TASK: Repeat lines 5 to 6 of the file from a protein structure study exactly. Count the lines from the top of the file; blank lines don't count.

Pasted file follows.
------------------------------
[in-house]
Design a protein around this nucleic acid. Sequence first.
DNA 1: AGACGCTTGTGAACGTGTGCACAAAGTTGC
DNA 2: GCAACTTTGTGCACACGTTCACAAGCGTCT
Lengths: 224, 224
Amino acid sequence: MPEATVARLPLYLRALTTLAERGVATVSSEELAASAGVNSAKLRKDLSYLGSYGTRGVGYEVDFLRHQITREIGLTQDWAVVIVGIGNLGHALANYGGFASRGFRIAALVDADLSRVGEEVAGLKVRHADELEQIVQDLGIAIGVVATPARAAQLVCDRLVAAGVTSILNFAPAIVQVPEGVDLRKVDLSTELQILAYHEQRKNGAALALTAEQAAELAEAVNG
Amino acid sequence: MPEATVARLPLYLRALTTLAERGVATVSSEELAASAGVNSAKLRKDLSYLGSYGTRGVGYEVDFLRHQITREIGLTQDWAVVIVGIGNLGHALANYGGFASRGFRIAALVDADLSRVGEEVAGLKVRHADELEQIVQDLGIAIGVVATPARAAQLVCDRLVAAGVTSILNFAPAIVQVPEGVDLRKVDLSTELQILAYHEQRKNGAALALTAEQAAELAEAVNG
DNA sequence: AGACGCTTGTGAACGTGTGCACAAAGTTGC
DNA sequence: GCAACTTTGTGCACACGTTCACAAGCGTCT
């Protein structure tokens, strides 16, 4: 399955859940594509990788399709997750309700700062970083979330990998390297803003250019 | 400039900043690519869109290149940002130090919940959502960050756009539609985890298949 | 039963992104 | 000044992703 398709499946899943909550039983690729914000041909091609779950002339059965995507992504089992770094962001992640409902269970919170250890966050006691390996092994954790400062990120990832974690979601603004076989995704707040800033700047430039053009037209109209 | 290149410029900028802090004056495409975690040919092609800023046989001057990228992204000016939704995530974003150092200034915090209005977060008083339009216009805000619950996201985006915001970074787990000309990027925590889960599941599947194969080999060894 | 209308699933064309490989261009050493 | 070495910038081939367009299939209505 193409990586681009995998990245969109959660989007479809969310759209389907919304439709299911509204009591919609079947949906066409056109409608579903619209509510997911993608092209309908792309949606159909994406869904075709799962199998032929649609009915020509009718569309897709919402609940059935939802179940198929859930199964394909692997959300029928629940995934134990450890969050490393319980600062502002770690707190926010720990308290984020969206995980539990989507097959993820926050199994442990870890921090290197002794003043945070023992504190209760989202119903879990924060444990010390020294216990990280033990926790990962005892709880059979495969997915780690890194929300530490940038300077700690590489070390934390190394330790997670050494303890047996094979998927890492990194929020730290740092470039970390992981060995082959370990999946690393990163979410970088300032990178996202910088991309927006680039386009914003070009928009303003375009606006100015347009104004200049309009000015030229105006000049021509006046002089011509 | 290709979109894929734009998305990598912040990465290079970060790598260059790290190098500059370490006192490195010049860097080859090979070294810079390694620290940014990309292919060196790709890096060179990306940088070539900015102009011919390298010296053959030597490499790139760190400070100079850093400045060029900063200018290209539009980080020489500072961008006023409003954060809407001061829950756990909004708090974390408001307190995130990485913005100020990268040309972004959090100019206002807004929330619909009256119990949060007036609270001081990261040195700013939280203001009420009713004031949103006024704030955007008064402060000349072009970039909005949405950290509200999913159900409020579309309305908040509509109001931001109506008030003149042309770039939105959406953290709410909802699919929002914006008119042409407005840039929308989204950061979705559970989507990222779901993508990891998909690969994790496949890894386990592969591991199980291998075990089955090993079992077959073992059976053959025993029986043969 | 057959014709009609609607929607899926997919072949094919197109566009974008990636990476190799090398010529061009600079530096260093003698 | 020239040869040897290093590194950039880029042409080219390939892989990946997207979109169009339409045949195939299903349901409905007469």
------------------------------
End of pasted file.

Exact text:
Lengths: 224, 224
Amino acid sequence: MPEATVARLPLYLRALTTLAERGVATVSSEELAASAGVNSAKLRKDLSYLGSYGTRGVGYEVDFLRHQITREIGLTQDWAVVIVGIGNLGHALANYGGFASRGFRIAALVDADLSRVGEEVAGLKVRHADELEQIVQDLGIAIGVVATPARAAQLVCDRLVAAGVTSILNFAPAIVQVPEGVDLRKVDLSTELQILAYHEQRKNGAALALTAEQAAELAEAVNG